The company boasted an incredible lineup after the introduction of brand new supercars and consumer-grade hybrid vehicles. In 2002, the Nissan 350Z was released, powered by an outstanding 3.5-liter V6, which generated 287 hp. The model experienced significant performance gains annually until 2009 when the 370Z drove it out of the market.
At the same time, Nissan also started producing a full-size truck loaded with potential, the Titan. The Titan was successful, and it’s still available on the market today. In 2007, Nissan launched its first-ever hybrid vehicle for customers with the Altima Hybrid. To this day, the company continues to bank on that model’s success.
Nissan in the 2010s
The start of the 2010s saw Nissan adopt an innovative approach. In 2010, the company introduced a vehicle that ran exclusively on electricity, releasing no emissions. Dubbed the Nissan Leaf, this model was the first zero-emission vehicle widely available to the general public, which has helped it become the highest-selling vehicle to date.
Nissan’s latest vehicle to the North American market is the Kicks. This model treats its drivers to a strong set of features, making it a crossover SUV. Since the Kicks comes with modern tech-focused features for connectivity, the model is designed for the future.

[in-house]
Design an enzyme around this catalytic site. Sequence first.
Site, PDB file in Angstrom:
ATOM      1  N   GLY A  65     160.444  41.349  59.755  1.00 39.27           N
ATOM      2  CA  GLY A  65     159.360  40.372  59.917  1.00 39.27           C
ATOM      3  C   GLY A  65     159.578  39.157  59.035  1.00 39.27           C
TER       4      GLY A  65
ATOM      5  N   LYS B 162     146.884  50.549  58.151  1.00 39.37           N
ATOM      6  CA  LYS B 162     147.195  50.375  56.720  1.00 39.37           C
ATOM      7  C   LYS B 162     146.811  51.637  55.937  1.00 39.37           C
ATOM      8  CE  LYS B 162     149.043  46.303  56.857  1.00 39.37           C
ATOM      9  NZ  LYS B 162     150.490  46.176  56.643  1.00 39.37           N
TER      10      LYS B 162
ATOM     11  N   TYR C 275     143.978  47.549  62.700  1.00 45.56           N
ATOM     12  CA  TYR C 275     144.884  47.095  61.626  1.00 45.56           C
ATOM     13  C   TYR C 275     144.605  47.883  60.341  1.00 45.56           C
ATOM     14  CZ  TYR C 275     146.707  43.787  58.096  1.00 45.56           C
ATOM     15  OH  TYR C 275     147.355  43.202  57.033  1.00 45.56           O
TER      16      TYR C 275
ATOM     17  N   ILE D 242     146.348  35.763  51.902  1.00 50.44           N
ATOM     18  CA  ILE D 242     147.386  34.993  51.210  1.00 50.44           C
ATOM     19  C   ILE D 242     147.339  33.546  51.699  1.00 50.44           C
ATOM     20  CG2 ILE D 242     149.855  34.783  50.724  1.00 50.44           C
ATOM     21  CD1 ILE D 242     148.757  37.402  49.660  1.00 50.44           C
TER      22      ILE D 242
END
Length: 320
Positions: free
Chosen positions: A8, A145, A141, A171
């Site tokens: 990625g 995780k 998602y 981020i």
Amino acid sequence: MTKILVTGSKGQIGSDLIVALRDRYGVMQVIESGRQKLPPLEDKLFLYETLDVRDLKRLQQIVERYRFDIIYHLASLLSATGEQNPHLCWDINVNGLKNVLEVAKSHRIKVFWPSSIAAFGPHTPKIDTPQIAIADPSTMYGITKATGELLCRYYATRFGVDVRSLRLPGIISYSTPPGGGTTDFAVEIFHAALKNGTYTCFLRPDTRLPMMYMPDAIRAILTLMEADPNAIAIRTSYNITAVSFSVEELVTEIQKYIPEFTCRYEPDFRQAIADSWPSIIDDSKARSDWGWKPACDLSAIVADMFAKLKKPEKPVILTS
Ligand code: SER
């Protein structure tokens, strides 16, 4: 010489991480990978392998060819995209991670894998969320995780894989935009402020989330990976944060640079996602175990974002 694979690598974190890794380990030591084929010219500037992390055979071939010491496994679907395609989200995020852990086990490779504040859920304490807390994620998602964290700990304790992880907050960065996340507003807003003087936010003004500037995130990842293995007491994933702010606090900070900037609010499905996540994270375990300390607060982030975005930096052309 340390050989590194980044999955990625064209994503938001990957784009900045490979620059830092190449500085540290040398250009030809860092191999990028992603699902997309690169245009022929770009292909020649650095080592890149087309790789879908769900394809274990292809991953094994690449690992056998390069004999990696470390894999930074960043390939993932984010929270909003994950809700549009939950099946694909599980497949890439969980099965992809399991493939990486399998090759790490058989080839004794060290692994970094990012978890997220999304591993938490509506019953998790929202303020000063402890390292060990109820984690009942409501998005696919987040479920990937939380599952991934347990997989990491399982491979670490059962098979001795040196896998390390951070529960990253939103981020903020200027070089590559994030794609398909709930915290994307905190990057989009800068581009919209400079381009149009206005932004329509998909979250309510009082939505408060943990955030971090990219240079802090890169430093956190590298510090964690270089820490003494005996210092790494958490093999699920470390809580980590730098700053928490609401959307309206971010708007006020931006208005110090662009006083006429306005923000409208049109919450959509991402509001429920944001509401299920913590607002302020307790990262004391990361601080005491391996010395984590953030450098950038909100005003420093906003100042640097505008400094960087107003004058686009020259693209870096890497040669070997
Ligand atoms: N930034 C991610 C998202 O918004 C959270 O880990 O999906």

Boasting a wide array of safety features, coupled with a top-of-the-range fuel efficiency, there are lots of reasons for you to buy the Nissan Kicks. Moreover, the Kicks is an elegant ride with a tasteful interior and exterior, enhanced further with a myriad of customization options.
Summing Up the History of Nissan
The Nissan Motor Co. Ltd, aka Nissan or Nissan Motor Corporation, is a multinational Japanese vehicle manufacturer headquartered in Yokohama, Japan. The firm sells its automobiles under the Nissan, Datsun, and Infiniti brands. Its performance tuning products (which include cars) are known as Nismo.
Nissan has been in an alliance with Renault and Mitsubishi since 1999. By 2013, Nissan held a 15% non-voting interest in Renault, while Renault held a 43.4% voting interest in Nissan. Also, Nissan has had a 34% controlling interest in Mitsubishi Motors since October 2016.
By April 2018, Nissan had become the largest electric vehicle manufacturer globally, with sales of over 320,000 all-electric vehicles worldwide.